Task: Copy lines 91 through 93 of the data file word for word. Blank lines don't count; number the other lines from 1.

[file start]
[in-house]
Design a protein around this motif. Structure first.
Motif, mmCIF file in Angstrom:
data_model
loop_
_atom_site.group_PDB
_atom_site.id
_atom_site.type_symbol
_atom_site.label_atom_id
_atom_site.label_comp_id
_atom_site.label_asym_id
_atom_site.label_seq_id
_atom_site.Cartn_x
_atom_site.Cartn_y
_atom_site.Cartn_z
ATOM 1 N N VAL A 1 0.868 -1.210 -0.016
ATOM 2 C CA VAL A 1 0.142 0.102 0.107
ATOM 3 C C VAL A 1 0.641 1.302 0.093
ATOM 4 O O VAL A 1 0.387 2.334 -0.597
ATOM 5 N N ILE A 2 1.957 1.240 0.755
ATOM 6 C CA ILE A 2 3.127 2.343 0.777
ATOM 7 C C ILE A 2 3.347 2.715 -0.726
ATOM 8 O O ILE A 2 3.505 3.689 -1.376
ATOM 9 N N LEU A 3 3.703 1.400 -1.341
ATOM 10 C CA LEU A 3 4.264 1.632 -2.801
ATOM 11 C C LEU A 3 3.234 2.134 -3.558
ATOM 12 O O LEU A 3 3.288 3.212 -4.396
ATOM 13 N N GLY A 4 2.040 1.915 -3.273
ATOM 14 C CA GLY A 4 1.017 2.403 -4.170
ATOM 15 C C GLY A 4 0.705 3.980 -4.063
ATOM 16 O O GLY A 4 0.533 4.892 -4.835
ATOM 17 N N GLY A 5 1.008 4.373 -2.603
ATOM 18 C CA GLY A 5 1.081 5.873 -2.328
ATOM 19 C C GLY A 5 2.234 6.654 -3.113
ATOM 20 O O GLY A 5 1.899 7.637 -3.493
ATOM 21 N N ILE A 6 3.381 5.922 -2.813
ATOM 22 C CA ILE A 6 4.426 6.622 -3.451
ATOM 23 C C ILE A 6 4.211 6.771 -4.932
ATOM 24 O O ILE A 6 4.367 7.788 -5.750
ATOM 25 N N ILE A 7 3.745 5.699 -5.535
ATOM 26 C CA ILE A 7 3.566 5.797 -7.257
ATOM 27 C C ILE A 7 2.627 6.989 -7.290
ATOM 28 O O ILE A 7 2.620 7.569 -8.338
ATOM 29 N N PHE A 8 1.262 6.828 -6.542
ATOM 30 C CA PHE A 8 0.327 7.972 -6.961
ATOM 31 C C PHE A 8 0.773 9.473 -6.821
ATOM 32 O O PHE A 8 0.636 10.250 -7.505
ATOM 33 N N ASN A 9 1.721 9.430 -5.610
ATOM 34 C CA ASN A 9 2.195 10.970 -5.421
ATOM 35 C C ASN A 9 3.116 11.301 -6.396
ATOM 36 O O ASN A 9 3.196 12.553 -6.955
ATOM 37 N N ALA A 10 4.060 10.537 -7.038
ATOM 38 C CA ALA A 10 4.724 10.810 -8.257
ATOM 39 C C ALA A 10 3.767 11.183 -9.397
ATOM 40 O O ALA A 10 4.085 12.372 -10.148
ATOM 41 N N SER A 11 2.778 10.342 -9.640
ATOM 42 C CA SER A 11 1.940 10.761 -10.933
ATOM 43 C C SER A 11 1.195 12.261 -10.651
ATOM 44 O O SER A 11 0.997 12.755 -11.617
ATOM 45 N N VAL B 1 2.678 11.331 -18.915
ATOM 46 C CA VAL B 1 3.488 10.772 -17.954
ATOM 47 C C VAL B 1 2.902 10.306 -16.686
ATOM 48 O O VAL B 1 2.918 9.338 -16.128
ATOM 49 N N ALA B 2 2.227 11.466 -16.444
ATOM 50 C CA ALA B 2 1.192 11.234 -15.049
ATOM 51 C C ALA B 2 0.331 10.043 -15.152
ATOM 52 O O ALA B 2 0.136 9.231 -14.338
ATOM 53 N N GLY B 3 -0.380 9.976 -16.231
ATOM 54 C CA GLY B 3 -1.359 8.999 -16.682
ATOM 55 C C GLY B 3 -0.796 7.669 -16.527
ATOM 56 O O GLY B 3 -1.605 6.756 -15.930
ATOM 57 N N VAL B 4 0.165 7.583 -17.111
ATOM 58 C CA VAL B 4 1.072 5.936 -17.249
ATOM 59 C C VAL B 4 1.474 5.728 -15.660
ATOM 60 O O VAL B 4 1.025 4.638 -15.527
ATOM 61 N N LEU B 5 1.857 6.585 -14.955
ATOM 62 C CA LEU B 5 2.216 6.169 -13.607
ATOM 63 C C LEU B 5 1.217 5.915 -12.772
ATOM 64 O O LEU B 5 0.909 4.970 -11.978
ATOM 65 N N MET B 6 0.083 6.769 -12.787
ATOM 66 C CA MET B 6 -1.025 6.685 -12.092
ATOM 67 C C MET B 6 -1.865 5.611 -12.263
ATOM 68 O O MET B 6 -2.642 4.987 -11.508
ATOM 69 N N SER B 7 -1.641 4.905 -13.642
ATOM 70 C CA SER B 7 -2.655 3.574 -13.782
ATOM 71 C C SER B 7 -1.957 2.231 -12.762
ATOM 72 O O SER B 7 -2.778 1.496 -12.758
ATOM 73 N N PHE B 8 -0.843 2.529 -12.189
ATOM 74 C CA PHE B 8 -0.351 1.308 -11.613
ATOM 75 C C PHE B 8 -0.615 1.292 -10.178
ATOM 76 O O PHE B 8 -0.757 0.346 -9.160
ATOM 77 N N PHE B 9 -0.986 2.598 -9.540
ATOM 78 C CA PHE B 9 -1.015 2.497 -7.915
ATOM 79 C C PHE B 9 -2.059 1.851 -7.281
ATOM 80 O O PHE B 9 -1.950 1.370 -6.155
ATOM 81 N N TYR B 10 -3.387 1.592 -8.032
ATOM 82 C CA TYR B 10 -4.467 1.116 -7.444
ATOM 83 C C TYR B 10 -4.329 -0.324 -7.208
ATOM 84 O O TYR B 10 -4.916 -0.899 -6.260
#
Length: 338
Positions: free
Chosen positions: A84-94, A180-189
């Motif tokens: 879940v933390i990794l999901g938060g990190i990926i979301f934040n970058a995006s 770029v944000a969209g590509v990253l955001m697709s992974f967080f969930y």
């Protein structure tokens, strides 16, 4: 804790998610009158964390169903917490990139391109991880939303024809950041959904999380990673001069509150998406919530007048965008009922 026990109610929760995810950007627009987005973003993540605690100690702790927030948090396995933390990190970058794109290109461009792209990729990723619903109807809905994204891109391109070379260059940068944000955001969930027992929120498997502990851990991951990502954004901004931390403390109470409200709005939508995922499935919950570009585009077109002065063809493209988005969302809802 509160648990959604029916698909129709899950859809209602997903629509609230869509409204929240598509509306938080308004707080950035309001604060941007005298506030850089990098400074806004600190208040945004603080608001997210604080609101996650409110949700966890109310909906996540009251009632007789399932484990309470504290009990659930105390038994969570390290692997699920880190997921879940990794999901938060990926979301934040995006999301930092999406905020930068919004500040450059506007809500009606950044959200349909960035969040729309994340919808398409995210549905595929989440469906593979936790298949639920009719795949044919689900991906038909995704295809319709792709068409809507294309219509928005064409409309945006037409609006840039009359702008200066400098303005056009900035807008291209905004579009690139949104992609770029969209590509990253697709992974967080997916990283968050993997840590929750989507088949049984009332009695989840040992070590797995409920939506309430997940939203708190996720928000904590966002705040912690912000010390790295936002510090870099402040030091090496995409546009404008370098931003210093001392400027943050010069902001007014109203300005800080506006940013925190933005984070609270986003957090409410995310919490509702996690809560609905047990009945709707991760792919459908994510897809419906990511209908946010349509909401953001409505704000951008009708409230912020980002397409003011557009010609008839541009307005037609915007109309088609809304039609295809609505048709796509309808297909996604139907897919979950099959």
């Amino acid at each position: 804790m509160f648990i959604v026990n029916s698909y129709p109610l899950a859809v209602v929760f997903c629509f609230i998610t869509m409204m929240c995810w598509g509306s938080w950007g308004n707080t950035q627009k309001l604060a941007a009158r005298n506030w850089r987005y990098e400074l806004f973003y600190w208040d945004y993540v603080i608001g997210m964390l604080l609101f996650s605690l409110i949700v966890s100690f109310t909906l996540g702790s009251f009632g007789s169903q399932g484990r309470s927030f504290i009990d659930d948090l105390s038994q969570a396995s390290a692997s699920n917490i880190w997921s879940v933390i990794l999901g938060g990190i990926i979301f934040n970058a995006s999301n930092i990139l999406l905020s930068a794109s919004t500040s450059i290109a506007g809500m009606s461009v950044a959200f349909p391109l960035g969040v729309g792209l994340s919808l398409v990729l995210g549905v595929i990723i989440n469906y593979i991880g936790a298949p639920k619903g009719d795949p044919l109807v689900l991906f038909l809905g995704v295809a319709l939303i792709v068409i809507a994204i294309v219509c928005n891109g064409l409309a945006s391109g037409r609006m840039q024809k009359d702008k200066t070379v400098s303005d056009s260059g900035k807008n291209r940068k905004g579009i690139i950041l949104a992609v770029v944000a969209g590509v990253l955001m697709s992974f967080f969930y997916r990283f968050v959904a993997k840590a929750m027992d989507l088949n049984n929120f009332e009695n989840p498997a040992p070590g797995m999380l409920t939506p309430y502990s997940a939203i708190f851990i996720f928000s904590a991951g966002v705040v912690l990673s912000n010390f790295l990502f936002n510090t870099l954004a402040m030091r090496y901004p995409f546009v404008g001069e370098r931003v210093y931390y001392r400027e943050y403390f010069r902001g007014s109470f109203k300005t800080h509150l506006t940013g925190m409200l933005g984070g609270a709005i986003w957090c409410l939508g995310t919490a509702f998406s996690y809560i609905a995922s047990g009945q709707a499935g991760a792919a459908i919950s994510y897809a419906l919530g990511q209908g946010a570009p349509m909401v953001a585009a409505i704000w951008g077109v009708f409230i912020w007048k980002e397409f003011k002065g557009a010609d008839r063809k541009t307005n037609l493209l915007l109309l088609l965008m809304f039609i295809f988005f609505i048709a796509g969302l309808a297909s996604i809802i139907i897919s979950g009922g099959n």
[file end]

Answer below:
ATOM 76 O O PHE B 8 -0.757 0.346 -9.160
ATOM 77 N N PHE B 9 -0.986 2.598 -9.540
ATOM 78 C CA PHE B 9 -1.015 2.497 -7.915